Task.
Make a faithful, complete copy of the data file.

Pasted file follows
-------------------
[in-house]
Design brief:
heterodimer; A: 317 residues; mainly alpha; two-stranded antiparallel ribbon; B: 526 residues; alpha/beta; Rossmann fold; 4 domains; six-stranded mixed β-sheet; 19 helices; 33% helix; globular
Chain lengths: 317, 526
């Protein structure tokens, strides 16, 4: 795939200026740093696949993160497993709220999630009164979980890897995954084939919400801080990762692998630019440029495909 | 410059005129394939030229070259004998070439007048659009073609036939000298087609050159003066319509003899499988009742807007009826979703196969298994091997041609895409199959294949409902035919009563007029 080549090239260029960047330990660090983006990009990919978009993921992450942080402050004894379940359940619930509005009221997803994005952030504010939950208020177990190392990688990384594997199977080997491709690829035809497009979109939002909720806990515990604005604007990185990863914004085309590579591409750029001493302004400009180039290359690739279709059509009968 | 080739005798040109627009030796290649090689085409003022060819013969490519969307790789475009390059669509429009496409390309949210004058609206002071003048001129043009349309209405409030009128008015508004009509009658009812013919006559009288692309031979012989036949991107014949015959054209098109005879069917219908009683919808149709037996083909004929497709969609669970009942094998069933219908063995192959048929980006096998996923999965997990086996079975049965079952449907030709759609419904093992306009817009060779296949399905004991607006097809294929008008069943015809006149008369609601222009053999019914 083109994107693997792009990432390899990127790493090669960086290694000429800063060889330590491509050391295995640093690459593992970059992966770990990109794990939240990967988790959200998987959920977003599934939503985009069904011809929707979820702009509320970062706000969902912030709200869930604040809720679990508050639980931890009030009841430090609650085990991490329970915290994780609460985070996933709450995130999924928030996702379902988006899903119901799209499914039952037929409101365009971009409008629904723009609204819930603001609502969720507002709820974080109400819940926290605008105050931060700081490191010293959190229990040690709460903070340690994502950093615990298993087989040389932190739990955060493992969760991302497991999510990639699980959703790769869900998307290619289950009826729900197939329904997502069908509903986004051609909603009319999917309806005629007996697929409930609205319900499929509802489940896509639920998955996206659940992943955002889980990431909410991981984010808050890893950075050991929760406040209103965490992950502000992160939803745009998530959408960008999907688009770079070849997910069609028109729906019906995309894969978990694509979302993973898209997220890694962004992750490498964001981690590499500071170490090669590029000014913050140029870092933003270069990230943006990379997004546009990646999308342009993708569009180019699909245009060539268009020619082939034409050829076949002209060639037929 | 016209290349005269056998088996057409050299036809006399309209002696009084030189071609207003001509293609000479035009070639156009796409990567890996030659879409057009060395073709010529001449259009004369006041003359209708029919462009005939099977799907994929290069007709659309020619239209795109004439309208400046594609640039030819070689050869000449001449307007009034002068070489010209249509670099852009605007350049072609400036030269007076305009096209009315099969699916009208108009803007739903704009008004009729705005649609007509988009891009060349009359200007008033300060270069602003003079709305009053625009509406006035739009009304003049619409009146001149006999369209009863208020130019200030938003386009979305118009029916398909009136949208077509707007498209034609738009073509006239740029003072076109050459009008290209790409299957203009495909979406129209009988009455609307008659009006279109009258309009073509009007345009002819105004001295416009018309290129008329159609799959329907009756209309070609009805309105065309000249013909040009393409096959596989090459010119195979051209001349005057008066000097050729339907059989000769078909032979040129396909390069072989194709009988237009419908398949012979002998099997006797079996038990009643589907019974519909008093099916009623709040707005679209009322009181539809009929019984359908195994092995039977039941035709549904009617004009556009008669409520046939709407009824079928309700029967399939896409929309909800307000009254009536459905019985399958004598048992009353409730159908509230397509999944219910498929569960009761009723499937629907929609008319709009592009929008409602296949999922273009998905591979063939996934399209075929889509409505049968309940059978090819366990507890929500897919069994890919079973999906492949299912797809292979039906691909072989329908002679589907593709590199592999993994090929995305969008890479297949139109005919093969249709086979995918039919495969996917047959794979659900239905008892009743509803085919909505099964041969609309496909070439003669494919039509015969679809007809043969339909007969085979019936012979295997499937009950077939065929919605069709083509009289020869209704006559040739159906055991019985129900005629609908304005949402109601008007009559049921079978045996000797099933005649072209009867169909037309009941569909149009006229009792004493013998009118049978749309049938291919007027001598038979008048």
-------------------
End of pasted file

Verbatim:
[in-house]
Design brief:
heterodimer; A: 317 residues; mainly alpha; two-stranded antiparallel ribbon; B: 526 residues; alpha/beta; Rossmann fold; 4 domains; six-stranded mixed β-sheet; 19 helices; 33% helix; globular
Chain lengths: 317, 526
């Protein structure tokens, strides 16, 4: 795939200026740093696949993160497993709220999630009164979980890897995954084939919400801080990762692998630019440029495909 | 410059005129394939030229070259004998070439007048659009073609036939000298087609050159003066319509003899499988009742807007009826979703196969298994091997041609895409199959294949409902035919009563007029 080549090239260029960047330990660090983006990009990919978009993921992450942080402050004894379940359940619930509005009221997803994005952030504010939950208020177990190392990688990384594997199977080997491709690829035809497009979109939002909720806990515990604005604007990185990863914004085309590579591409750029001493302004400009180039290359690739279709059509009968 | 080739005798040109627009030796290649090689085409003022060819013969490519969307790789475009390059669509429009496409390309949210004058609206002071003048001129043009349309209405409030009128008015508004009509009658009812013919006559009288692309031979012989036949991107014949015959054209098109005879069917219908009683919808149709037996083909004929497709969609669970009942094998069933219908063995192959048929980006096998996923999965997990086996079975049965079952449907030709759609419904093992306009817009060779296949399905004991607006097809294929008008069943015809006149008369609601222009053999019914 083109994107693997792009990432390899990127790493090669960086290694000429800063060889330590491509050391295995640093690459593992970059992966770990990109794990939240990967988790959200998987959920977003599934939503985009069904011809929707979820702009509320970062706000969902912030709200869930604040809720679990508050639980931890009030009841430090609650085990991490329970915290994780609460985070996933709450995130999924928030996702379902988006899903119901799209499914039952037929409101365009971009409008629904723009609204819930603001609502969720507002709820974080109400819940926290605008105050931060700081490191010293959190229990040690709460903070340690994502950093615990298993087989040389932190739990955060493992969760991302497991999510990639699980959703790769869900998307290619289950009826729900197939329904997502069908509903986004051609909603009319999917309806005629007996697929409930609205319900499929509802489940896509639920998955996206659940992943955002889980990431909410991981984010808050890893950075050991929760406040209103965490992950502000992160939803745009998530959408960008999907688009770079070849997910069609028109729906019906995309894969978990694509979302993973898209997220890694962004992750490498964001981690590499500071170490090669590029000014913050140029870092933003270069990230943006990379997004546009990646999308342009993708569009180019699909245009060539268009020619082939034409050829076949002209060639037929 | 016209290349005269056998088996057409050299036809006399309209002696009084030189071609207003001509293609000479035009070639156009796409990567890996030659879409057009060395073709010529001449259009004369006041003359209708029919462009005939099977799907994929290069007709659309020619239209795109004439309208400046594609640039030819070689050869000449001449307007009034002068070489010209249509670099852009605007350049072609400036030269007076305009096209009315099969699916009208108009803007739903704009008004009729705005649609007509988009891009060349009359200007008033300060270069602003003079709305009053625009509406006035739009009304003049619409009146001149006999369209009863208020130019200030938003386009979305118009029916398909009136949208077509707007498209034609738009073509006239740029003072076109050459009008290209790409299957203009495909979406129209009988009455609307008659009006279109009258309009073509009007345009002819105004001295416009018309290129008329159609799959329907009756209309070609009805309105065309000249013909040009393409096959596989090459010119195979051209001349005057008066000097050729339907059989000769078909032979040129396909390069072989194709009988237009419908398949012979002998099997006797079996038990009643589907019974519909008093099916009623709040707005679209009322009181539809009929019984359908195994092995039977039941035709549904009617004009556009008669409520046939709407009824079928309700029967399939896409929309909800307000009254009536459905019985399958004598048992009353409730159908509230397509999944219910498929569960009761009723499937629907929609008319709009592009929008409602296949999922273009998905591979063939996934399209075929889509409505049968309940059978090819366990507890929500897919069994890919079973999906492949299912797809292979039906691909072989329908002679589907593709590199592999993994090929995305969008890479297949139109005919093969249709086979995918039919495969996917047959794979659900239905008892009743509803085919909505099964041969609309496909070439003669494919039509015969679809007809043969339909007969085979019936012979295997499937009950077939065929919605069709083509009289020869209704006559040739159906055991019985129900005629609908304005949402109601008007009559049921079978045996000797099933005649072209009867169909037309009941569909149009006229009792004493013998009118049978749309049938291919007027001598038979008048």